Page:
Ah - you think looking at that will help? No wonder you don't believe in scientific facts if you think looking at that will help you understand.

                  Goodnight. wink

                  Here is an interesting new species found last year:

                  http://i1.treknature.com/photos/8197/pruimkopparkiet.jpg

        2. wilderness profile image94
          wildernessposted 3 years ago in reply to this

          Evolution could produce that bird.  Your point?

  2. aka-dj profile image75
    aka-djposted 3 years ago

    This ones is even simpler. big_smile
    http://mappingignorance.org/fx/media/2013/03/archosaurs.jpg

  3. aka-dj profile image75
    aka-djposted 3 years ago

    Here are all the colours of budgies, in one place.

    Beautiful, aren't they?
    http://images.fineartamerica.com/images-medium-large/rainbow-row-of-budgies-sat-on-a-branch-walker-and-walker.jpg

  4. psycheskinner profile image81
    psycheskinnerposted 3 years ago

    Both your picks are shopped.  Red is very hard to introduce into a line of birds where it was not in the wild type.  Humans don't "evolve"--we select.  You can only select for genes that are there.  Red is not in the budgie population so there is currently no red budgie. It would take a very unusual mutation or cross-breeding to get it in there.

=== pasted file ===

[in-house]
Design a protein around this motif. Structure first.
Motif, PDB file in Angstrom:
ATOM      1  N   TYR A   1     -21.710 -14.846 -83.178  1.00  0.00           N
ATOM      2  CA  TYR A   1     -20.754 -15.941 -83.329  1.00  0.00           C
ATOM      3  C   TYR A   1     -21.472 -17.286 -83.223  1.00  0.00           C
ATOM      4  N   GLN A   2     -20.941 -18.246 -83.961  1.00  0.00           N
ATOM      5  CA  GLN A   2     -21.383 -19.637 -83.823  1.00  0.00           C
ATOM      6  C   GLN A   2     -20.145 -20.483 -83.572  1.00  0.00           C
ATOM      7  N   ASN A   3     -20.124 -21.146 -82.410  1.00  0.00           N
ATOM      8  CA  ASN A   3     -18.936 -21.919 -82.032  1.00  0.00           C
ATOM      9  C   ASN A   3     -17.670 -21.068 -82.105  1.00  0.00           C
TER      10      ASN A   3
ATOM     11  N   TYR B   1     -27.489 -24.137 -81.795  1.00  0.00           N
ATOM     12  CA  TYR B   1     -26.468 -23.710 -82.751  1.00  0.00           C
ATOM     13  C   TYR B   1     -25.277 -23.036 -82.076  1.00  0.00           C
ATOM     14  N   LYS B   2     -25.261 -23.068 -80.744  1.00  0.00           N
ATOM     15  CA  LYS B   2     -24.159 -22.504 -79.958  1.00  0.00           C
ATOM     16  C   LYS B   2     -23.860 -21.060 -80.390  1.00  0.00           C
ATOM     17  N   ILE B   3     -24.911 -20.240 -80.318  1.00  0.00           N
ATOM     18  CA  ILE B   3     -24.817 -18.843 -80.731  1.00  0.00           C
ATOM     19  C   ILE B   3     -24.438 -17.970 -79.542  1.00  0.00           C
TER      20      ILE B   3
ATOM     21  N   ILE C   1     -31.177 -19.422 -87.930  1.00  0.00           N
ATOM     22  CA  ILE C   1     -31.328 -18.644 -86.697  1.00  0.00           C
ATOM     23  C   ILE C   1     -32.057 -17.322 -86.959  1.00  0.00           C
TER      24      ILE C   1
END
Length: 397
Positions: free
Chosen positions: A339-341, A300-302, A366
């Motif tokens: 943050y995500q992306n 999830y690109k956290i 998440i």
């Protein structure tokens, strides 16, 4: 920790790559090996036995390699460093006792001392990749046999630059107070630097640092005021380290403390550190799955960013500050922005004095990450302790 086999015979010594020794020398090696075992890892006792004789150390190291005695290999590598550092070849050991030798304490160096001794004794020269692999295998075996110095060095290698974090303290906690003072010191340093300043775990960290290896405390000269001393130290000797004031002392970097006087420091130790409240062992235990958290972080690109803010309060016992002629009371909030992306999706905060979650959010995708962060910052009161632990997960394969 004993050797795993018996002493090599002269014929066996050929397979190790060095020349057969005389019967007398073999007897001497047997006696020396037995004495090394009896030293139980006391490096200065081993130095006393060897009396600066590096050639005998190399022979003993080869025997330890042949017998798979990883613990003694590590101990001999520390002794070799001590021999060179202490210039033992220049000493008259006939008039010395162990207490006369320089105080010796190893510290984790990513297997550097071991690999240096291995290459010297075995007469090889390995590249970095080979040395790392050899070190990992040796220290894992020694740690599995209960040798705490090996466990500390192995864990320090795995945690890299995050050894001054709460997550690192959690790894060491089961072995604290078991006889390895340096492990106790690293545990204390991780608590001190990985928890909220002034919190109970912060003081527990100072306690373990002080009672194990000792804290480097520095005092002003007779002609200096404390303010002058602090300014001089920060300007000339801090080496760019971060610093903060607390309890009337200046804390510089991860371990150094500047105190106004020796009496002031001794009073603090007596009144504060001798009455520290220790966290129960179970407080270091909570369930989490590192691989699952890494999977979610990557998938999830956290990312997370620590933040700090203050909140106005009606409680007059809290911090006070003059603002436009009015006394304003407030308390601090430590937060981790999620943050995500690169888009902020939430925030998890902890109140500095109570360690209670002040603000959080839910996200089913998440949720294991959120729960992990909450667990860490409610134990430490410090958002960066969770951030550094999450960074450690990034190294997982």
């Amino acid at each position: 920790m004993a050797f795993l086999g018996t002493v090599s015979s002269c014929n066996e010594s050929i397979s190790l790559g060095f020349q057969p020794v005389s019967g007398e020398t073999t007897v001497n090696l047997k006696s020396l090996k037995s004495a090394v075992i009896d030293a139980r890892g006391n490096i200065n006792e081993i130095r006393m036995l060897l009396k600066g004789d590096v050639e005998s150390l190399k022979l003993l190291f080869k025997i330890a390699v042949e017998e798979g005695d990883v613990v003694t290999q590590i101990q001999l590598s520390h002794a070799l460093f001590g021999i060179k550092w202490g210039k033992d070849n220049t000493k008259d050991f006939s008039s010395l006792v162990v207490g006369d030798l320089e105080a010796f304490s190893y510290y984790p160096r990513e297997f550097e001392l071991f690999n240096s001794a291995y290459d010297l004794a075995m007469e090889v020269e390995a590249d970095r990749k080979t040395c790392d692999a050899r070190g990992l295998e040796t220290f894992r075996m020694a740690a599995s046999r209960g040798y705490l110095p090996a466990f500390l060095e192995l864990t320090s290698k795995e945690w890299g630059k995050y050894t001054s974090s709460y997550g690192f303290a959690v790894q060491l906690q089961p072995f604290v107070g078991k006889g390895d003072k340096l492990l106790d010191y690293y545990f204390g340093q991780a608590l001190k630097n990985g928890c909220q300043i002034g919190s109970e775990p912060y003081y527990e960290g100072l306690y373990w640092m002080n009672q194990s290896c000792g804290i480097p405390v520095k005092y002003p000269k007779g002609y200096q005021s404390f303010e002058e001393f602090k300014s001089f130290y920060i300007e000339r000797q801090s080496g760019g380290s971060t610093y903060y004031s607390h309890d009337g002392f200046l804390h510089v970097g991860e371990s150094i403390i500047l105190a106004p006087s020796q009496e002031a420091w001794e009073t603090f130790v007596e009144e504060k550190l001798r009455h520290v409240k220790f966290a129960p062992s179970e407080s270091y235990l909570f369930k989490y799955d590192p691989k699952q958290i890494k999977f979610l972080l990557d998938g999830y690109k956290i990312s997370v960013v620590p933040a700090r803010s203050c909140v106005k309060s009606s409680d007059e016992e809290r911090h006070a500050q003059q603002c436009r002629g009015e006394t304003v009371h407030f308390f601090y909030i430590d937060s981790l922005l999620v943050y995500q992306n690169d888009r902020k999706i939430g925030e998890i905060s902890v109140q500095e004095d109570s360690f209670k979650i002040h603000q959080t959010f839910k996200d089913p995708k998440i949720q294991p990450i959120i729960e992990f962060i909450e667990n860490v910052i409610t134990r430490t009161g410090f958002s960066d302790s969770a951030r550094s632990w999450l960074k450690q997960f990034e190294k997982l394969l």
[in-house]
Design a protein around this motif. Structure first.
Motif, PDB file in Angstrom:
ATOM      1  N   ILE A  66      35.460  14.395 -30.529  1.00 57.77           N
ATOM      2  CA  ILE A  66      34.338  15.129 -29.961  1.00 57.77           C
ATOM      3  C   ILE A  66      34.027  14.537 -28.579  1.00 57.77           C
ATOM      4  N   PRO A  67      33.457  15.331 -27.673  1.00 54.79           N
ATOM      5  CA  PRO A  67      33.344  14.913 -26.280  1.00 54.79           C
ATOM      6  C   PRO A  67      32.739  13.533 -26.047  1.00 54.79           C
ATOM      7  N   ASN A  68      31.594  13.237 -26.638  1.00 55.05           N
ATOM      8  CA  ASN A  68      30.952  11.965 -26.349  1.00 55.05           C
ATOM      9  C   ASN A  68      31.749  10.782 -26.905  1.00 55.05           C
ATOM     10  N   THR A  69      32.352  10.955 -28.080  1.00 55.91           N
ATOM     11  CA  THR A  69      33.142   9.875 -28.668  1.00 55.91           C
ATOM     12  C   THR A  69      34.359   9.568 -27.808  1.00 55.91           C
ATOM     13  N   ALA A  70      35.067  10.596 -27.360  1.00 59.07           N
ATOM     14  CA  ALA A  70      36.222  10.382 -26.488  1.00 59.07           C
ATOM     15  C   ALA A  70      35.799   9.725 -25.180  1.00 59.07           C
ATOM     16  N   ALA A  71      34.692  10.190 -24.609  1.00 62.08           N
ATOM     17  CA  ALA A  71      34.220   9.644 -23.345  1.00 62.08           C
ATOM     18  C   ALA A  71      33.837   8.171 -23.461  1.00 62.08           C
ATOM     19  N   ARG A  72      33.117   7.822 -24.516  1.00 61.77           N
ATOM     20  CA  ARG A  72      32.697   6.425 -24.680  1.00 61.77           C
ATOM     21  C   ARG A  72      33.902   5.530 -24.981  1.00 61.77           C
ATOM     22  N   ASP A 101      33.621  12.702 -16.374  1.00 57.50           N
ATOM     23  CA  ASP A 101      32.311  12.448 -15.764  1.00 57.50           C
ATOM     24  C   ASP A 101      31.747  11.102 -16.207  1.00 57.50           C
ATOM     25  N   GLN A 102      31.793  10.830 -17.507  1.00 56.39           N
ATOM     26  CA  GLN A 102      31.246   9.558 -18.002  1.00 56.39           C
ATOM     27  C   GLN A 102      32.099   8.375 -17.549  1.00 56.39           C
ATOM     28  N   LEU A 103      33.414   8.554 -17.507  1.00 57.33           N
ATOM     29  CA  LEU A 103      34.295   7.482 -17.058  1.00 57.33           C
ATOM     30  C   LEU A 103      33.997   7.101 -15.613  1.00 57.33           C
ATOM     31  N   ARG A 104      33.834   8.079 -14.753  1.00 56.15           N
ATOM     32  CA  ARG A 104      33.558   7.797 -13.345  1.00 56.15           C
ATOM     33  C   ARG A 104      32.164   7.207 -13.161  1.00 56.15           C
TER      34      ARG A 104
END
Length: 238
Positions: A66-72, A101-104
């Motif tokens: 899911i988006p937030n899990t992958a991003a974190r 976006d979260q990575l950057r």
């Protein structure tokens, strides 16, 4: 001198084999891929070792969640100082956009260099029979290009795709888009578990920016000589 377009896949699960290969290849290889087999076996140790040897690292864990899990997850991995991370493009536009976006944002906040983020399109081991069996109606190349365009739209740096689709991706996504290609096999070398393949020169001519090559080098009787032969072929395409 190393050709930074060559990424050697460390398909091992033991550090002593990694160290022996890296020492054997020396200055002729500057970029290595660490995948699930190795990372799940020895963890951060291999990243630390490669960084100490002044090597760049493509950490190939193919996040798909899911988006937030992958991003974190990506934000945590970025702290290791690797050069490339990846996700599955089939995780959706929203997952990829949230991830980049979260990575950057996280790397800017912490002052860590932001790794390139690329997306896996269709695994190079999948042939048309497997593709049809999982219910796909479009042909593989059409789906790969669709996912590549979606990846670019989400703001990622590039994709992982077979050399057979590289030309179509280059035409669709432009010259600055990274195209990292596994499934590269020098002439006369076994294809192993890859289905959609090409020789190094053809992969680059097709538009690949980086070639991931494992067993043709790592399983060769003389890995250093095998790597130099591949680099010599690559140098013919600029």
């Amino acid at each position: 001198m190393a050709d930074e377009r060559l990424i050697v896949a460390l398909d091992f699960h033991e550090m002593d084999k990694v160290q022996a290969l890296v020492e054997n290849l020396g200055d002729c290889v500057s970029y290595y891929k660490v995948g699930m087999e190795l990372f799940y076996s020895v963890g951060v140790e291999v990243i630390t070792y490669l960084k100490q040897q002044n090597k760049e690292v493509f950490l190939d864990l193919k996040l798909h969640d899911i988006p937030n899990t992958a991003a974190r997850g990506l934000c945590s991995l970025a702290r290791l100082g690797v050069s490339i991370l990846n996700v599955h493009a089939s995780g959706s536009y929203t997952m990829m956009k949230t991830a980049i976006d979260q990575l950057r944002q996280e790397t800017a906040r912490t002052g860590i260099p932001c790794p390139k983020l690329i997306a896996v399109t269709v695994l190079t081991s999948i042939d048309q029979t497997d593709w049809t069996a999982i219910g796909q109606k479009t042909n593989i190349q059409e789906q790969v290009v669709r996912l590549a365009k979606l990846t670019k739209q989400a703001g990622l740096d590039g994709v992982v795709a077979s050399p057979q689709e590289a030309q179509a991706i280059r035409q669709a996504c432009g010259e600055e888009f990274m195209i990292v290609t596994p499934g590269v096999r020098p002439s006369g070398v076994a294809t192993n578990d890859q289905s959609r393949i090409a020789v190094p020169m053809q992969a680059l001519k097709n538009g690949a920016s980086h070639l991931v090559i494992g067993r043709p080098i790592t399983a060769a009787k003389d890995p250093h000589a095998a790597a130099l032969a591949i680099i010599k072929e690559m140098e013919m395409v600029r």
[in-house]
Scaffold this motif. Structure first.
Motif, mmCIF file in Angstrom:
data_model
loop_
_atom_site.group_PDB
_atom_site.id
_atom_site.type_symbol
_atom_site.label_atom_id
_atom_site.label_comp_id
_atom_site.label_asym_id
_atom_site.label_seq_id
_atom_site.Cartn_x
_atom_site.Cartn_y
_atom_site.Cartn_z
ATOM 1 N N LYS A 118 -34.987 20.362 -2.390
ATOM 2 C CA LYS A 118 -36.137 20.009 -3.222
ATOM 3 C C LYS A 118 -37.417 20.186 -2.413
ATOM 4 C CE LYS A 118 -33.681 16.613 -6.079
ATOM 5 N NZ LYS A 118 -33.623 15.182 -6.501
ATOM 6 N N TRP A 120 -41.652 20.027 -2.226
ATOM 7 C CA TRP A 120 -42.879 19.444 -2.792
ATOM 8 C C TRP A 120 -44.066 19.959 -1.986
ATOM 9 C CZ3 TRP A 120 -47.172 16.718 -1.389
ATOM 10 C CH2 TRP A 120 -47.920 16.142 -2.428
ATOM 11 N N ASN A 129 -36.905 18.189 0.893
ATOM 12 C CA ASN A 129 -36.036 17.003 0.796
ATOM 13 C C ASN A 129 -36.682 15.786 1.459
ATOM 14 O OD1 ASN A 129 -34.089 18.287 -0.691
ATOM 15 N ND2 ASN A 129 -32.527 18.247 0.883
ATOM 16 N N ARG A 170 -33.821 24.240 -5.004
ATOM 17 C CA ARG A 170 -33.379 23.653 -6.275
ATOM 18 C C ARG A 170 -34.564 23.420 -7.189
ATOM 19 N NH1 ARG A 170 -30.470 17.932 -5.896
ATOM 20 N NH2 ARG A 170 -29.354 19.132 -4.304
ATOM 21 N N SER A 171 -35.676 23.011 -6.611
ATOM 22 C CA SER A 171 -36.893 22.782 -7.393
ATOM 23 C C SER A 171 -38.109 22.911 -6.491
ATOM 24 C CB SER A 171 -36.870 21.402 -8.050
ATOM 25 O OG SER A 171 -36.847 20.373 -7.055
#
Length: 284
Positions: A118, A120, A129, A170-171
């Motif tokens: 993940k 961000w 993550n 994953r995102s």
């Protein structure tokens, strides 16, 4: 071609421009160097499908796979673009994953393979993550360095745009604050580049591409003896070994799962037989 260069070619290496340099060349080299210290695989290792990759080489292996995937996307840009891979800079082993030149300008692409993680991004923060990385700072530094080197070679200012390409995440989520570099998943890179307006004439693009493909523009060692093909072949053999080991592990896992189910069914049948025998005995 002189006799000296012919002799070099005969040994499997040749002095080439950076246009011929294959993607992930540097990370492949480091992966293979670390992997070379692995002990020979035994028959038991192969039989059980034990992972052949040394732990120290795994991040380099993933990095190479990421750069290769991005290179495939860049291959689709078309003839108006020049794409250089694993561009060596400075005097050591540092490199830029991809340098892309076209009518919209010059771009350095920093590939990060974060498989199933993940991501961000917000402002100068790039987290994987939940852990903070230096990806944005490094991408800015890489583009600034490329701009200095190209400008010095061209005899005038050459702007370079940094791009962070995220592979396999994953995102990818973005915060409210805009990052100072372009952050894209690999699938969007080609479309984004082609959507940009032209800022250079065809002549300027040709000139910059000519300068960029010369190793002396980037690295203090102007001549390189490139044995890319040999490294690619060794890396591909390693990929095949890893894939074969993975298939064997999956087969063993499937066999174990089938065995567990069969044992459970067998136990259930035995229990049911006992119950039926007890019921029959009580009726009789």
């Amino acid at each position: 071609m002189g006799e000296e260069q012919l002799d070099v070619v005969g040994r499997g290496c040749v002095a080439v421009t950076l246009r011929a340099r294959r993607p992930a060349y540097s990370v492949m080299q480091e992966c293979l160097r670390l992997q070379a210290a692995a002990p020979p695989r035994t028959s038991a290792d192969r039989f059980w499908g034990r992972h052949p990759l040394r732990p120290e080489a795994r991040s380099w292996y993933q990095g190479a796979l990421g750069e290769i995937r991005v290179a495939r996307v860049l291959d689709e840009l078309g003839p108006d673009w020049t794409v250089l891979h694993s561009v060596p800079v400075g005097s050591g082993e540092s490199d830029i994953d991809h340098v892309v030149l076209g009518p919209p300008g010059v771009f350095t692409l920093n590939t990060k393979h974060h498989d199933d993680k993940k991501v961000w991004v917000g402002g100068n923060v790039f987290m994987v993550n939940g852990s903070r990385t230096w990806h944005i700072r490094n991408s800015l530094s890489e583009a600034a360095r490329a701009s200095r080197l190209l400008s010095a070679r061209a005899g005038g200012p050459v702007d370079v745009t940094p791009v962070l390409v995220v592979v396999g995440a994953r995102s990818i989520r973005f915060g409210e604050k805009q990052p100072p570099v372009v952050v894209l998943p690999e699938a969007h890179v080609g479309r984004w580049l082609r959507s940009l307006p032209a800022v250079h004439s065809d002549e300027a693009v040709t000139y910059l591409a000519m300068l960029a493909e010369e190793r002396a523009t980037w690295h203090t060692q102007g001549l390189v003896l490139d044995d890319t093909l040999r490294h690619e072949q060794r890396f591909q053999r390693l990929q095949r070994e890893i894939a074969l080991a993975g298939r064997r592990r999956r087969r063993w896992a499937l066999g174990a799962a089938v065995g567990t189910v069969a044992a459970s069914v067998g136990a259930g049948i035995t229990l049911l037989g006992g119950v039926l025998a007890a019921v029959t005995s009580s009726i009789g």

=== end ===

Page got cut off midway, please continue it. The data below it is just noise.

1. Righteous Atheist profile image60
      Righteous Atheistposted 3 years ago in reply to this
      1. psycheskinner profile image81
        psycheskinnerposted 3 years ago in reply to this

        The budgie is Melopsittacus undulatus.

        That picture is not a budgie.

        So... yeah... I'm right.  There is no red budgie.

        here are all the pretty colors they do come in: http://www.budgieplace.com/colorsguide.html

        p.s. what the holy heck is this thread actually about?

        1. Righteous Atheist profile image60
          Righteous Atheistposted 3 years ago in reply to this

          Not what you said. sad

          Mr DJ is attacking evolution.

    2. Righteous Atheist profile image60
      Righteous Atheistposted 3 years ago in reply to this
  5. profile image0
    MysticMoonlightposted 3 years ago

    OK. Was this thread started to genuinely discuss this bird or was it started to only seem to be talking about the bird but in all actuality it's talking about something else entirely? I'm confused a bit. I honestly cannot tell, sorry.